The problem is that Zack is Zack, and nobody else is. Believe me, I WANTED Zack to come back way more than Chuck D or B Real. I like Cypress Hill and Public Enemy, but the combo of all 3 leaves something to be desired. The reality I've come to accept, is that I want to hear RATM songs played live, they'll be played in this format. Something is better than nothing, and the album itself isn't bad. It's just difficult when RATM had so many good albums that it almost overshadows anything else Brad, Tim, and Tom will ever do. The only way to recreate that energy, sound, and energy that RATM had, is to have all 4 of the members of RATM.
      ‘Prophets of Rage’ is the debut album from the supergroup, following on from their 2016 EP ‘The Party’s Over’. The band contains the musical powerhouse from Rage Against the Machine (Tom Morello guitar, Timmy C bass, Brad Wilk drums) as well as the legendary B-Real from Cypress Hill and the revolutionary Chuck D & DJ Lord from Public Enemy. The album opens with track ‘Radical Eyes’. Chuck D explained the song’s meaning: “the Western world has created biased structures and stereotypes. Opposing viewpoints and movements are seen as radical rather than diversity,” he said. “‘Radical Eyes’ is the lens everything is viewed through, any life movement in opposition is considered radicalized.” Then we have lead single ‘Unfuck the World’, a heavy and direct anthem which touches on subjects of current affairs. A track similar in the vein to RATM’s ‘Killing in the Name’. The third track has quite a poppy-funk sound to it, which talks about legalising a certain substance. No guesses as to who took lead in writing that one Dr. Greenthumb. ‘Living on the 110’ is a track that confronts economic inequality in America. Tom Morello explained: “The 110 is a freeway in Los Angeles and living beneath it are thousands of homeless people. Bentleys and Rolls Royces roaring by are literally driving on top of the poor and their makeshift homes, a picture-perfect analogy for the grotesque economic inequality that plagues our times.” It also contains the chorus being played with a bow on the guitar. ‘Hail to the Chief’ is another standout track, which features a guitar-DJ battle between Morello & Lord. B-Real’s flow on this track is very reminiscent of Jay-Z. ‘Strength in Numbers’ has a feel of ‘Bulls on Parade’ to it, with a ferocious opening guitar riff. Guitarist Tom Morello described this track as a call for unity in troubled times. He explained: “we stand together or we fall apart. The world is in chaos, but if we’re gonna go down we’re gonna go down together… and we’re gonna go down swinging. The question remains: can we be as united in the streets as we are in the mosh pit? Let’s find out.” ‘Who Owns Who’ sounds like it could’ve been on Rage Against the Machine’s 1996 sophomore album ‘Evil Empire’, with flashbacks to their instrumental style at the time. You cannot help but think what this track would sound like with RATM vocalist Zack de la Rocha on it. Overall this album is a solid effort, the instrumental’s are on par with RATM’s previous efforts, with Morello still busting out unique sounds that have not been heard before. The vocal delivery between Chuck & B-Real is tight, with some amazing flow at parts. Lyrically it’s on point, albeit being a lot more direct than the music of RATM. Subtlety is not  a strong point with the lyrics, going for a more direct approach as apposed to hiding behind clever metaphors. A must listen for any fans of RATM, Public Enemy, Cypress Hill or rap-metal. 4/5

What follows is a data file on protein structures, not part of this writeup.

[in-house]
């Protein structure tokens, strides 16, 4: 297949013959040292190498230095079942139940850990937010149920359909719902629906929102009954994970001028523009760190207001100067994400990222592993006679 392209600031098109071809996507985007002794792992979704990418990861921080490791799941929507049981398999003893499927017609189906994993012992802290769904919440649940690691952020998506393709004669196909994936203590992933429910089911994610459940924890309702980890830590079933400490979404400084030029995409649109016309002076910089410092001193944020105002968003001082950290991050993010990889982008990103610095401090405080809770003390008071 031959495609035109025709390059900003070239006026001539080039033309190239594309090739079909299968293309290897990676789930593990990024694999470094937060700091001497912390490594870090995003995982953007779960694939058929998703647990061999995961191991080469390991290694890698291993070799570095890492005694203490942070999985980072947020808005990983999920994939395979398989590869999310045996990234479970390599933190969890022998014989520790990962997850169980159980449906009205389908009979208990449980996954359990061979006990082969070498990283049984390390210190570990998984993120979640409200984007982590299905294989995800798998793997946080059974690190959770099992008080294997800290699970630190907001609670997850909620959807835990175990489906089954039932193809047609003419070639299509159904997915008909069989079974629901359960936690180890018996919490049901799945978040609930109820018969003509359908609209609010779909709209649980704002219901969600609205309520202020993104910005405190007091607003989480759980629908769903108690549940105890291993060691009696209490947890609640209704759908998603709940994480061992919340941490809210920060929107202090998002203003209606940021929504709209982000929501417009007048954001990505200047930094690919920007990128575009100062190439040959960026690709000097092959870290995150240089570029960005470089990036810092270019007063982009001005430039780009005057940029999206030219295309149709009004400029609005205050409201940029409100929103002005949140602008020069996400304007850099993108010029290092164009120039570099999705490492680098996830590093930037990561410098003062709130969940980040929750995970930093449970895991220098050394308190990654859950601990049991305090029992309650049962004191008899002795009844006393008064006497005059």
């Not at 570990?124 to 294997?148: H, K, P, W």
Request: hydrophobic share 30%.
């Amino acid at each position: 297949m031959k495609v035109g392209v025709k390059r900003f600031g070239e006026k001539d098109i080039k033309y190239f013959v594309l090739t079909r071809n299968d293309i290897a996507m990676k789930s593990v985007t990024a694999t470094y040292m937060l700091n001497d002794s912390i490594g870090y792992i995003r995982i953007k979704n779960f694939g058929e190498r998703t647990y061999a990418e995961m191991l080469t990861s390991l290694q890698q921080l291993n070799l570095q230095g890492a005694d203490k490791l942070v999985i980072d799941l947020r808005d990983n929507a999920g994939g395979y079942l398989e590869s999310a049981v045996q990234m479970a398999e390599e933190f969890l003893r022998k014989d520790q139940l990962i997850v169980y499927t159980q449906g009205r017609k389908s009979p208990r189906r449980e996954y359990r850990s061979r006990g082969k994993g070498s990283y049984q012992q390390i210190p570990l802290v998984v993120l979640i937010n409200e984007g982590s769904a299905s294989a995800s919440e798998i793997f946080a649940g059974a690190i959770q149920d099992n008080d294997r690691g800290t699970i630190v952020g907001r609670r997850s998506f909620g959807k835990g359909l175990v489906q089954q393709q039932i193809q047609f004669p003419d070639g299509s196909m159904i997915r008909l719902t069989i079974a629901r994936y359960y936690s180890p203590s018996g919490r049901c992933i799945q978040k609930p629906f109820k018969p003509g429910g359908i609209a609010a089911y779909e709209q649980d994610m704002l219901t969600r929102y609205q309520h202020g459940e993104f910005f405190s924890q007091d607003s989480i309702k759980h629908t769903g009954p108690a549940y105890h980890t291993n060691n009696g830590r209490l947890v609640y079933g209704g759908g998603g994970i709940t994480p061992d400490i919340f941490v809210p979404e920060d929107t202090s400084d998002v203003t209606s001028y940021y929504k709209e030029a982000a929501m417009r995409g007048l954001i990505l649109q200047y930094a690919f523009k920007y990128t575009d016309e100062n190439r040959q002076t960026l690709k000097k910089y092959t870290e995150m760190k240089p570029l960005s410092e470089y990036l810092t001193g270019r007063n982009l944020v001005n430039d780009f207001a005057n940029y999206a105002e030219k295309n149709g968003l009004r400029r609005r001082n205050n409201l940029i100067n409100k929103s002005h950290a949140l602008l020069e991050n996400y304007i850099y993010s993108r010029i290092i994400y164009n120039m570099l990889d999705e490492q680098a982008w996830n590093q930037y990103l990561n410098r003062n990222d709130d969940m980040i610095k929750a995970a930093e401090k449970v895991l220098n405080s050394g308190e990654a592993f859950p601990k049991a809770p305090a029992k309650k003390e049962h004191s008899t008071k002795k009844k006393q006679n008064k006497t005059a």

Not sure what is worse, this album or the dreadful new Stray From The Path album.